Award-winning Lao American writer Saymoukda Duangphouxay Vongsay was recently appointed to the board of directors for Intermedia Arts and also as a member of the board of the Asian Pacific Endowment Fund of the St. Paul Foundation/MN Philanthropy Partners.
“I’m very excited to be coming aboard,” Vongsay said. “Both of these organizations have done so much for the cultural vibrancy of Minnesota over the years. I’m excited to help them continue their missions.”
A pioneer in creative community leadership and engagement, Intermedia Arts has been providing artists and audiences with the tools, support, respect and freedom to make positive social change through art, dialogue and civic engagement since 1973.
The Asian Pacific Endowment Fund is a permanent philanthropic endowment built by and for Asian Pacific Islanders. Vongsay explained “The Asian Pacific Endowment is a partner in The Saint Paul Foundation’s SpectrumTrust, in an effort to enhance the philanthropic capacity of Minnesota’s communities of color.”
Vongsay was selected as a 2011 Changemaker by Intermedia Arts in Minnesota for her work in the community. She has organized many projects at Intermedia Arts, including the Legacies of War: Refugee Nation Twin Cities multimedia exhibit and performance series in 2010 that drew almost 1,000 participants. It was the first time many of the Lao had ever been to Intermedia Arts.
“I think it’s important to give back to the community,” Vongsay said. “Serving on the board of a community-driven organization is one of the most important ways you can do this. They’ve been there for us in so many ways.”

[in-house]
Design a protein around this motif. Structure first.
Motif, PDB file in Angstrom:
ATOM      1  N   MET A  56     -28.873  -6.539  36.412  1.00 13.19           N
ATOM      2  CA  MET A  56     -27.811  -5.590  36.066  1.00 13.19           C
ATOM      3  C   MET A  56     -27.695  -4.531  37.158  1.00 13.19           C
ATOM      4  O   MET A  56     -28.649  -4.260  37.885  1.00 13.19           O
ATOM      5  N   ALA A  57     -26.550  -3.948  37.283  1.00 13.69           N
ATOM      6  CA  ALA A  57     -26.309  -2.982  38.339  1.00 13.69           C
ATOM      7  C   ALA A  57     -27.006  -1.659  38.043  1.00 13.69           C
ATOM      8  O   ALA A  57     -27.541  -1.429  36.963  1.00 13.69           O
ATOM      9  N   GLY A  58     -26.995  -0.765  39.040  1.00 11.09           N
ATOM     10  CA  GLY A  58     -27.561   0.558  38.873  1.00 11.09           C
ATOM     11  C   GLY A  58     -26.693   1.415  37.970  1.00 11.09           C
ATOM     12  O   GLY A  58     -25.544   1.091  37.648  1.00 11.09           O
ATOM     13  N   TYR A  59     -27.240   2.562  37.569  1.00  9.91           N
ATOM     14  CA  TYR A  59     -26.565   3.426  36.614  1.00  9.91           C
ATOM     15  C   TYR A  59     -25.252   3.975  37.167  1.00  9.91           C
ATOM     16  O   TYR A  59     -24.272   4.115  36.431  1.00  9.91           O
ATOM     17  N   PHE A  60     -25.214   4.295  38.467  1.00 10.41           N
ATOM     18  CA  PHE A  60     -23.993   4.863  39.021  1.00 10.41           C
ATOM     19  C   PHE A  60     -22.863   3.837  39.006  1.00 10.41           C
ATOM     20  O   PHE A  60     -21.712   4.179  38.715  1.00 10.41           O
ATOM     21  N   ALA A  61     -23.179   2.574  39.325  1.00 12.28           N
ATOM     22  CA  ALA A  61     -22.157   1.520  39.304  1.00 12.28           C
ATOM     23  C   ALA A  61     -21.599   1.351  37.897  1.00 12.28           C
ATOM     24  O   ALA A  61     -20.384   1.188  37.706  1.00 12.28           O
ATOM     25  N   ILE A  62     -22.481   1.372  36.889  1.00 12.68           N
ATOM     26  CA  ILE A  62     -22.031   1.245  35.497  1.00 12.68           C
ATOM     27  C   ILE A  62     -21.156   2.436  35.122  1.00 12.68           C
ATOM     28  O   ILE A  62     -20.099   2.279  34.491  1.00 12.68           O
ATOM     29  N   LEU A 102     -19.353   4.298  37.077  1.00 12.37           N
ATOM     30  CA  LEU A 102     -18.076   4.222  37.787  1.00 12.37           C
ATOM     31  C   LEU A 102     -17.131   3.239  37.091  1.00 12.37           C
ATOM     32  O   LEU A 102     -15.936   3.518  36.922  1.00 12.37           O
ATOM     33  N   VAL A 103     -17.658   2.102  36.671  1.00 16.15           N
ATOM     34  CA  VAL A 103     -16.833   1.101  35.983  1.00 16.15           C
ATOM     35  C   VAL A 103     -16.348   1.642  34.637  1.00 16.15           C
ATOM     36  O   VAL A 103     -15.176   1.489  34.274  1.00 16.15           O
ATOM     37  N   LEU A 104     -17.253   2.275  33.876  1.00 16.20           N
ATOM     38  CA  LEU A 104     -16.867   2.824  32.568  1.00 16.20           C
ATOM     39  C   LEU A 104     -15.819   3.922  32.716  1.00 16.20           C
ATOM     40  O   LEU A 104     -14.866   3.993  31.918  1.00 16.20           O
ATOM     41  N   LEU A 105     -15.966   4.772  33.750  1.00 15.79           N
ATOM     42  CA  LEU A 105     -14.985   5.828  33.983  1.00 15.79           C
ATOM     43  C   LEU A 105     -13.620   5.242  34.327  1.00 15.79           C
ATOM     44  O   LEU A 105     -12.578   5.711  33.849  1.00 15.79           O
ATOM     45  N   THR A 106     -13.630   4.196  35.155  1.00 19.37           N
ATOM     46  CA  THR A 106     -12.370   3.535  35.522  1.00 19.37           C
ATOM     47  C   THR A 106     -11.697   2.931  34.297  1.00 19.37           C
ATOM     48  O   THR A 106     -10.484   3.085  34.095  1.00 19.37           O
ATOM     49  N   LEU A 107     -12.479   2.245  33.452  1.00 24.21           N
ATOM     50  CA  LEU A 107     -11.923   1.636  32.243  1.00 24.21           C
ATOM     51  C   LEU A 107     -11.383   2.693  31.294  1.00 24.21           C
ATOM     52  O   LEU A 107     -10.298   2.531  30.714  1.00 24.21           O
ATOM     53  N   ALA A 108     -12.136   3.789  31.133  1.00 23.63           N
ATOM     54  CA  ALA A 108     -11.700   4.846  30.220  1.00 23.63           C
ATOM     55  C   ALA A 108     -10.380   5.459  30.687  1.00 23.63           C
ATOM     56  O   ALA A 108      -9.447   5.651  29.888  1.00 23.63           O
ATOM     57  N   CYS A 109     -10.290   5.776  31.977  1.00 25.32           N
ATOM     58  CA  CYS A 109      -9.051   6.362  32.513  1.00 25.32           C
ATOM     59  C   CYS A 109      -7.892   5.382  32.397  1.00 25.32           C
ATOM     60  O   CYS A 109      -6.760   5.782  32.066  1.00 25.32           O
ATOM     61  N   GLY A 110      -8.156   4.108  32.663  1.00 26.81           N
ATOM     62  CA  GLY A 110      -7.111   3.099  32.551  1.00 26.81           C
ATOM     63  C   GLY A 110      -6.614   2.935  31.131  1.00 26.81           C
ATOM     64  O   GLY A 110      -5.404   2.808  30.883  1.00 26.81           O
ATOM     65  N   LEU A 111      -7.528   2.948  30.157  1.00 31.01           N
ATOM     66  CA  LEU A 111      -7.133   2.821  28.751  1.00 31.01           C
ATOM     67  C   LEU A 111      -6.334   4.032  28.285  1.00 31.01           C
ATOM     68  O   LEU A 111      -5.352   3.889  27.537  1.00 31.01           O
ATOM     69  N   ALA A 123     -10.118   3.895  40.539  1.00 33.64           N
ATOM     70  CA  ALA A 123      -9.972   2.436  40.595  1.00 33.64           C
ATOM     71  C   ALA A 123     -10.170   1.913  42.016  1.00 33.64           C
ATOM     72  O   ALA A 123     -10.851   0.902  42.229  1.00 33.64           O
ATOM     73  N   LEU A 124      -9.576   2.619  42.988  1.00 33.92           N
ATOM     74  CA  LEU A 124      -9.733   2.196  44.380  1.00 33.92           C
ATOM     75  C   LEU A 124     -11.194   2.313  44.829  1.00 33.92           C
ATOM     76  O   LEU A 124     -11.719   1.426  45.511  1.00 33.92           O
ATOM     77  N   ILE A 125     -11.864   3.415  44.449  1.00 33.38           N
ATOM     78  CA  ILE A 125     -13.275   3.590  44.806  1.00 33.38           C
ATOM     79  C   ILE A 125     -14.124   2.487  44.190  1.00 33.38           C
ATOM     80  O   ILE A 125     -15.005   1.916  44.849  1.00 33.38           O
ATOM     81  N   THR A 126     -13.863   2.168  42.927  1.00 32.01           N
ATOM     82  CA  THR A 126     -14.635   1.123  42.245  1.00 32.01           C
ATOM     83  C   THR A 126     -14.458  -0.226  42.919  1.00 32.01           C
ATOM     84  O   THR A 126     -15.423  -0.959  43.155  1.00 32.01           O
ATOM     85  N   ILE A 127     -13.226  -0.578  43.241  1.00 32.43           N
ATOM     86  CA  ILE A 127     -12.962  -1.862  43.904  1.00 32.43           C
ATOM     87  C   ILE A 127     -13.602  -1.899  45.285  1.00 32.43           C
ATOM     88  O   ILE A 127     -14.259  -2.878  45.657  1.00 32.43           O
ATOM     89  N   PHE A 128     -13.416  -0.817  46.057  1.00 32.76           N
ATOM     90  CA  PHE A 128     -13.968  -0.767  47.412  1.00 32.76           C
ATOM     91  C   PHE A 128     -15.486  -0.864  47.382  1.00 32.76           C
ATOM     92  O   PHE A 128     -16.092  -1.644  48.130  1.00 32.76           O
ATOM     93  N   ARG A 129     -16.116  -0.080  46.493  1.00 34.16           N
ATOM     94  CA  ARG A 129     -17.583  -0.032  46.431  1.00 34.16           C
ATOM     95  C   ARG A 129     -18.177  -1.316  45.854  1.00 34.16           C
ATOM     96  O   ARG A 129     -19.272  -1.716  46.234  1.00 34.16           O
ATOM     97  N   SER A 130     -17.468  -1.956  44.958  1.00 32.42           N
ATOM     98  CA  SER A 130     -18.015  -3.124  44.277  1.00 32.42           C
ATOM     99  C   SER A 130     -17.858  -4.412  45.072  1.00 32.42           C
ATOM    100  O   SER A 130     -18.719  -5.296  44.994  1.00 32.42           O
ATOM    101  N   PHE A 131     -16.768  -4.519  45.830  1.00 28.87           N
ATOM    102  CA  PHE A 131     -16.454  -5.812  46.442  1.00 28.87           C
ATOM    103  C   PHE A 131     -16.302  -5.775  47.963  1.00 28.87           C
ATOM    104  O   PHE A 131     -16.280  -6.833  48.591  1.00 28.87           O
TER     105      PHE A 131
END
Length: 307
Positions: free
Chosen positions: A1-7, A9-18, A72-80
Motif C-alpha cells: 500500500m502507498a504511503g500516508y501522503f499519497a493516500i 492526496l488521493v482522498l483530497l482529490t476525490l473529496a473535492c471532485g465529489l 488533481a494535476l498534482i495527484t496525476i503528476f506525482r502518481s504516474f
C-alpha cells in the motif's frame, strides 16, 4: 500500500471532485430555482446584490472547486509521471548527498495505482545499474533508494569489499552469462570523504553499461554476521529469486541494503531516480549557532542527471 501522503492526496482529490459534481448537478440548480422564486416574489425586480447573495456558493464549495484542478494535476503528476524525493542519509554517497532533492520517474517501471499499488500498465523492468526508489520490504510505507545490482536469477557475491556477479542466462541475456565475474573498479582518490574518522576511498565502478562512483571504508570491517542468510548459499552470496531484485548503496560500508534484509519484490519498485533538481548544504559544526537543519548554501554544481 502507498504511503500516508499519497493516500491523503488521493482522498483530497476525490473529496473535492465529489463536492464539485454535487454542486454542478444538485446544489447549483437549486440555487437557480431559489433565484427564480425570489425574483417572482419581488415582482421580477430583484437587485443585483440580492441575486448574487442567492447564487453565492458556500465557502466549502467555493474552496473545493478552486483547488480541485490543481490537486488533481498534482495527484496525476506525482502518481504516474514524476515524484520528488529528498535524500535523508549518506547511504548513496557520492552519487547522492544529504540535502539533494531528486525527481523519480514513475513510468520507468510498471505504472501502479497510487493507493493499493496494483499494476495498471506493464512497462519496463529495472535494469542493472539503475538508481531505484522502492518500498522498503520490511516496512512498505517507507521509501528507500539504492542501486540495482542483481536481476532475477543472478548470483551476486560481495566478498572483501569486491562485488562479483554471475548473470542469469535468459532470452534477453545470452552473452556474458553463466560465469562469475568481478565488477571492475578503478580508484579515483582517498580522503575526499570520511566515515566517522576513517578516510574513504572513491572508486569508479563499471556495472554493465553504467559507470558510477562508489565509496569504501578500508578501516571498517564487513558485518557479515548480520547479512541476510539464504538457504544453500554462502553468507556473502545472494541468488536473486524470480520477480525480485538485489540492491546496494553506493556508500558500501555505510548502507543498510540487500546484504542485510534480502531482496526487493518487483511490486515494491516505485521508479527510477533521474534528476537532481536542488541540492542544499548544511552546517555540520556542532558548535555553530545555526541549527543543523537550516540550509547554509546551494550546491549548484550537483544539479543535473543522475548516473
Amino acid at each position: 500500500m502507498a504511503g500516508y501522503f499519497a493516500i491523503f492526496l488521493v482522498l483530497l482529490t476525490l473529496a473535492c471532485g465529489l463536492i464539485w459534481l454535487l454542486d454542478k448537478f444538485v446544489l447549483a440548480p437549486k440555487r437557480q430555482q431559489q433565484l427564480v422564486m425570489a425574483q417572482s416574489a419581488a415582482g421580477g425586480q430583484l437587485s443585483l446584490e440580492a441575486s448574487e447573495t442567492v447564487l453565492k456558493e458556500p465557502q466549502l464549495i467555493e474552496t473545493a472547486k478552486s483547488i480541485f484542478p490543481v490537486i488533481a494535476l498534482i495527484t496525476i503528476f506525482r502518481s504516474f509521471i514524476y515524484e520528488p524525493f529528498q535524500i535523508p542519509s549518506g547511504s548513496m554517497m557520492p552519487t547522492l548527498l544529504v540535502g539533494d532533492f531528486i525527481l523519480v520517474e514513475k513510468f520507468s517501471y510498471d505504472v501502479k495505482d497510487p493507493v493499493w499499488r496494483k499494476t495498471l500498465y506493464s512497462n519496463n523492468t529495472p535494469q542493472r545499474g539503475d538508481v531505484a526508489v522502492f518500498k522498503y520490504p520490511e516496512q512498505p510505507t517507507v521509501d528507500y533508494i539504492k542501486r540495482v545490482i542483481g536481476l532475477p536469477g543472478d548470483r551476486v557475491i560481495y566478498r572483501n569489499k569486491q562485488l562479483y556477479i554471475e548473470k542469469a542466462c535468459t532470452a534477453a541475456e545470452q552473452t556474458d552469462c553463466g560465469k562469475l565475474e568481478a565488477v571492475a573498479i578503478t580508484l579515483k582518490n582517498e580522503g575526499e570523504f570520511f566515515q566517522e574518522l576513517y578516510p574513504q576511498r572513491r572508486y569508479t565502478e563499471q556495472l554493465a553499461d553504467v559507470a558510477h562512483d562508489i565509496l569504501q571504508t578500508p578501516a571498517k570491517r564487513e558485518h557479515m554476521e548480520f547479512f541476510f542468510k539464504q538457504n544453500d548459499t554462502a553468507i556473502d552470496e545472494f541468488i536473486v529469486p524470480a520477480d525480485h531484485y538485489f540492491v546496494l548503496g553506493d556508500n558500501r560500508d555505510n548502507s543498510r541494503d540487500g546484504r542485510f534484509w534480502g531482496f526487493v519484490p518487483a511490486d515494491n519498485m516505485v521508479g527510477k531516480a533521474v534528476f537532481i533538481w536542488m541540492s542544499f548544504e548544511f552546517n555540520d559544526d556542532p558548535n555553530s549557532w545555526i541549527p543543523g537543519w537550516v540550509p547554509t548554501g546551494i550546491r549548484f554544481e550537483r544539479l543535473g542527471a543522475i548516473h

A Saint Paul resident, Vongsay’s credits as an author include the poetry chapbook, No Regrets, from Baby Rabbit Publishing. Her award-winning poem, “When Everything Was Everything,” will be taught by language arts educators in the Saint Paul Public Schools’ curriculum, made possible through a partnership between The Saint Almanac and SPPS.
She was recognized in 2010 by the Lao American Professionals of Elgin, Illinois for her art.
“I’m particularly proud of my service as a co-chair of the first National Lao American Writers Summit,” Vongsay said. “It showed the importance of celebrating Lao women artists across the country.” The Summit was supported by funds from the Asian Pacific Endowment.
Vongsay performs and teaches creative writing workshops nationally and internationally including Italy and Japan. She was the inaugural winner of the Alfred C. Carey Prize in Spoken Word Poetry. Her most recent residency was at Warroad High School as part of the Smithsonian Institution’s New Harmonies Program.
Among Vongsay’s significant projects was with the Anchorage Urban League of Young Professionals as a lecturer and performer to urge civic engagement on public policy.
Vongsay has a full plate ahead in the coming year. In addition to her duties on the boards of Intermedia Arts and the Asian Pacific Endowment, she is currently collecting Lao American stories state-wide for the Minnesota Historical Society’s Oral History Project.
Additionally, as a Jerome Foundation/Mu Performing Arts New Eyes Theater Fellow, her play, Kung Fu Zombies vs Cannibals is in the second phase of development with a chance of becoming Theater Mu’s main production for its next season.
You can visit her online at http://www.refugenius.com
Photo by B Fresh Photography courtesy of Intermedia Arts.